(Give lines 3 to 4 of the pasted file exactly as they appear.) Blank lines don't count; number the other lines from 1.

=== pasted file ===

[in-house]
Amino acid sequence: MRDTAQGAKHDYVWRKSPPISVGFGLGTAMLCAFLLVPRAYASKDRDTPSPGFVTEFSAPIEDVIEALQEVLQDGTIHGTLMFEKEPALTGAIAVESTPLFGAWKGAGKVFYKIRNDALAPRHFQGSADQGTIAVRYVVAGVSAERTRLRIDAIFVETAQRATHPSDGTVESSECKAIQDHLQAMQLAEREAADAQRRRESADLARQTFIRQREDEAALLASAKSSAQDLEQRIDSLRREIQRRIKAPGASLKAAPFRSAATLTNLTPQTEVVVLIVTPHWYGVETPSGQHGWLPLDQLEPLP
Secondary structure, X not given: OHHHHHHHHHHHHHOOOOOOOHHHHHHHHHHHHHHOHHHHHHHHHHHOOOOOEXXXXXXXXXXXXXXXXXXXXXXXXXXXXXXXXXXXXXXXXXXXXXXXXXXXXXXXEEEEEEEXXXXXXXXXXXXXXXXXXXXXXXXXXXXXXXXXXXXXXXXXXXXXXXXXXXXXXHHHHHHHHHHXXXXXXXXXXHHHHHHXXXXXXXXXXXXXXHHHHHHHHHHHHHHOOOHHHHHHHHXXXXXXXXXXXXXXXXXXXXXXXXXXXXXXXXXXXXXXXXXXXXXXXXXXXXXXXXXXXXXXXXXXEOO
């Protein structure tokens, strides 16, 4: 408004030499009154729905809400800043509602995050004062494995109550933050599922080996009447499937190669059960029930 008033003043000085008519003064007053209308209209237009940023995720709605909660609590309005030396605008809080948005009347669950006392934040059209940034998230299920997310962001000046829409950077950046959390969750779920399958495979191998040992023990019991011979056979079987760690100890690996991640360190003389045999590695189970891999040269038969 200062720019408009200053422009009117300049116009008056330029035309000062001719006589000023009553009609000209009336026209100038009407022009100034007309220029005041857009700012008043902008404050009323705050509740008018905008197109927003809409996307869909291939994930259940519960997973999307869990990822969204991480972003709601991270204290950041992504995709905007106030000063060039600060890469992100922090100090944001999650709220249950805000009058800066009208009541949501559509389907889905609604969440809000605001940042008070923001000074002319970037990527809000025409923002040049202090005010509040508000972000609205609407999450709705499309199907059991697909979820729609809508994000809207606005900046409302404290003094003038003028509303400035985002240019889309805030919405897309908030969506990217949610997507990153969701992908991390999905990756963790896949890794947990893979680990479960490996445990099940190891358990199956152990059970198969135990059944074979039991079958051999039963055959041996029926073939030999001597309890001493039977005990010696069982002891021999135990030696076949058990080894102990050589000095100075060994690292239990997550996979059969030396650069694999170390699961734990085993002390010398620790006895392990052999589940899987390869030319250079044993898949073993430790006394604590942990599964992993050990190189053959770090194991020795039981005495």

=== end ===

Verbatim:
Secondary structure, X not given: OHHHHHHHHHHHHHOOOOOOOHHHHHHHHHHHHHHOHHHHHHHHHHHOOOOOEXXXXXXXXXXXXXXXXXXXXXXXXXXXXXXXXXXXXXXXXXXXXXXXXXXXXXXXEEEEEEEXXXXXXXXXXXXXXXXXXXXXXXXXXXXXXXXXXXXXXXXXXXXXXXXXXXXXXHHHHHHHHHHXXXXXXXXXXHHHHHHXXXXXXXXXXXXXXHHHHHHHHHHHHHHOOOHHHHHHHHXXXXXXXXXXXXXXXXXXXXXXXXXXXXXXXXXXXXXXXXXXXXXXXXXXXXXXXXXXXXXXXXXXEOO
């Protein structure tokens, strides 16, 4: 408004030499009154729905809400800043509602995050004062494995109550933050599922080996009447499937190669059960029930 008033003043000085008519003064007053209308209209237009940023995720709605909660609590309005030396605008809080948005009347669950006392934040059209940034998230299920997310962001000046829409950077950046959390969750779920399958495979191998040992023990019991011979056979079987760690100890690996991640360190003389045999590695189970891999040269038969 200062720019408009200053422009009117300049116009008056330029035309000062001719006589000023009553009609000209009336026209100038009407022009100034007309220029005041857009700012008043902008404050009323705050509740008018905008197109927003809409996307869909291939994930259940519960997973999307869990990822969204991480972003709601991270204290950041992504995709905007106030000063060039600060890469992100922090100090944001999650709220249950805000009058800066009208009541949501559509389907889905609604969440809000605001940042008070923001000074002319970037990527809000025409923002040049202090005010509040508000972000609205609407999450709705499309199907059991697909979820729609809508994000809207606005900046409302404290003094003038003028509303400035985002240019889309805030919405897309908030969506990217949610997507990153969701992908991390999905990756963790896949890794947990893979680990479960490996445990099940190891358990199956152990059970198969135990059944074979039991079958051999039963055959041996029926073939030999001597309890001493039977005990010696069982002891021999135990030696076949058990080894102990050589000095100075060994690292239990997550996979059969030396650069694999170390699961734990085993002390010398620790006895392990052999589940899987390869030319250079044993898949073993430790006394604590942990599964992993050990190189053959770090194991020795039981005495």